Indiana Breweries Craft A Solution For Teachers in Need

Indiana Breweries Craft A Solution For Teachers in Need

by Mark E. Lasbury for Indiana On Tap

Sometimes ludicrous acts need inventive solutions or work-arounds. Indiana recently passed a law about teachers that just shows that most legislators don’t know much about what teachers do. In response, Indiana craft breweries are offering a measure to help teachers easily meet this strange new requirement. How can craft breweries help teachers, you ask? Well, it’s about crafting a solution for everyone.

House bill HB1002 was signed into law (public law 143) by the governor on April 30, 2019. Several parts go into effect on July 01, 2019. The law has to do with vocational and technical training. Some parts of the law are laudable efforts to make students aware of options open to them other than a four-year college. The law might have been a response to the Mike Rowe call that skilled workers are needed in the trades and that this is a great option for many students. However, there is a lot of bureaucracy and government oversight of the programs that schools implement. This is where Section 20 comes in to play, placing a new demand on teachers for license renewal.

image credit: Explore the City

With all that teachers already do, the new law will require that they achieve fifteen professional growth plan points (they already do many things for professional growth points, 90 total) by completing an unpaid 15 hour internship with a local company or the state to learn what employers look for in potential employees and to help teachers promote career navigation in their students (what the community is going to need, ways students can meet those needs). Some teachers have been very vocal about how intrusive and ill-conceived this plan is; they don’t have another 15 hours to donate to the cause – unpaid.

Kurtis Cummings, owner of Switchyard Brewing in Bloomington saw a post from an educator decrying this new demand on teachers’ time and pocketbooks and decided that this called for an intervention. If teachers need an externship to get their points, why not make it as quick and enjoyable as possible? Come in to Switchyard, learn about beer, drink some beer, and talk about beer. Boom, you’ve got an official letter stating that completed an externship. This is right up Switchyard’s alley – their motto is #ShareOurCraft, and this is just one more way to do that.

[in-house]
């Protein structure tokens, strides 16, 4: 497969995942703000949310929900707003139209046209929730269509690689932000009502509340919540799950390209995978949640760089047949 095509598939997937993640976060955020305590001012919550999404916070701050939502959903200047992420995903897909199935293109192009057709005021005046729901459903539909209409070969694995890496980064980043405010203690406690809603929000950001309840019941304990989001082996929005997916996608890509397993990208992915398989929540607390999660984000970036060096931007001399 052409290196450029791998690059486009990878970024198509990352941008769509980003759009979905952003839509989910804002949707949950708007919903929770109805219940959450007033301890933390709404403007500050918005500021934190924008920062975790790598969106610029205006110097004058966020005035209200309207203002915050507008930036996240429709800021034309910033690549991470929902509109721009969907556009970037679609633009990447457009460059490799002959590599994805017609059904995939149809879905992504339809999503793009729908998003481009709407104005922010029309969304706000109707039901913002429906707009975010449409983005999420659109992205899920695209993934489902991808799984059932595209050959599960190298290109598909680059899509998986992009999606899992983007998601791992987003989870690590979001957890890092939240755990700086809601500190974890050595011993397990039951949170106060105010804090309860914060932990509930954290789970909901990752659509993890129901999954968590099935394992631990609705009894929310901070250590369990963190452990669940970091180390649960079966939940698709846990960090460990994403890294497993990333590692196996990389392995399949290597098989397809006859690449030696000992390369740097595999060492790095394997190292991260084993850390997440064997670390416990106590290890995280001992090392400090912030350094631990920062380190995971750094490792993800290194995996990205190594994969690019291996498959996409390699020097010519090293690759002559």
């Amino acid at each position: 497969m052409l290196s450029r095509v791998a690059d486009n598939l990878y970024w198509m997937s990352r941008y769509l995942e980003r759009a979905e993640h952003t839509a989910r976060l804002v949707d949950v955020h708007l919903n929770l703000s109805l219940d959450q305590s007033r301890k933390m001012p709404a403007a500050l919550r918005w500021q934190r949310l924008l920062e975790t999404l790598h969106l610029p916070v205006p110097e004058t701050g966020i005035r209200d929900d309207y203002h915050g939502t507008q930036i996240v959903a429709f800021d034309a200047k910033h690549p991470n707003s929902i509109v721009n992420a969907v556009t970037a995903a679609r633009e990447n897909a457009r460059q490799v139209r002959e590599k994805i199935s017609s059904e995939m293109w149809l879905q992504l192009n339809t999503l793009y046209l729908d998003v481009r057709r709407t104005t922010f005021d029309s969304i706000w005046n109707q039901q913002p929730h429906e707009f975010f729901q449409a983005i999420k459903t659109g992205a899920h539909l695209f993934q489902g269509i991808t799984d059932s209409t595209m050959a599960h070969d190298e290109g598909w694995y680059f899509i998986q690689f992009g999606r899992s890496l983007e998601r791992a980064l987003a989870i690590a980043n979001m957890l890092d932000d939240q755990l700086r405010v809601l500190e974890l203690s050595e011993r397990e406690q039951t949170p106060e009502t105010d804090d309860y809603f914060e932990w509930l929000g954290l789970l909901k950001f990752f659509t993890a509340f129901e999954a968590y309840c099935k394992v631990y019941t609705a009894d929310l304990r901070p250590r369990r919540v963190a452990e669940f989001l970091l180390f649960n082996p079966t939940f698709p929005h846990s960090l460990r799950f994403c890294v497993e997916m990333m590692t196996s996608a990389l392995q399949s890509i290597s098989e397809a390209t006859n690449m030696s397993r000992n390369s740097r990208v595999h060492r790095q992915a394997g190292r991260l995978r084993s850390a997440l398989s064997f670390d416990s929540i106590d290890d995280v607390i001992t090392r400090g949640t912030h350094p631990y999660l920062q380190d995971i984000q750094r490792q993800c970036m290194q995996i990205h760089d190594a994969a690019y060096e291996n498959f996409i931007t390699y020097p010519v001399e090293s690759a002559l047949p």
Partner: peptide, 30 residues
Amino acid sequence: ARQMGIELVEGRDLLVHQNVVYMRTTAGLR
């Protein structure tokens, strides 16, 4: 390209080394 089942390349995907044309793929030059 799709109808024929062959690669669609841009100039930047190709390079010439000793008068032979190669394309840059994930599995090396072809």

I told Kurtis that it sounds like a creative alternative that is meant to provide an easy out for educators to which he replied, “It sure is – teachers have lives and don’t need this useless requirement to do their jobs.” It took Kurtis about an hour to put together the idea after talking to some teacher friends and seeing what it was they needed. Participants will be offered multiple sessions to go through a tasting panel and get a tour of the brewery – you know, a short course to say they have completed their “fifteen hour” requirement.

image credit: Grand Junction Brewing

Cummings told me, “This isn’t a position. This is an opportunity for educators to meet some arbitrarily made up requirement to meet the new state law.” If you’re an educator interested in this program, please contact Switchyard by emailing Or, if you are in the central Indiana region, try talking to Jon Knight at Grand Junction Brewing at

Jon’s wife Dawn is a teacher and writer. When she became aware of the new requirement for license renewal, Dawn told Jon that Grand Junction need to do something about it. They saw the post from Switchyard and called to see how they could implement a similar program at Grand Junction. They stated on their Facebook page, “Those fifteen hours can be met by learning about beer production (and tasting, of course), working some of our charity events, helping at one of our trivia, open mic, or live music nights, etc. You can also learn about service, management, culinary skills, and more. We promise it will be your favorite free PGP experience!”

As if educators didn’t have enough going on, this new requirement for renewal of their license just demands more, all on teachers’ time and dollar. Craft beer in Indiana is alert and aware, and this is just one more way that breweries are part of their community. Perhaps more breweries will follow Switchyard’s lead, but the point is made – craft beer cares.


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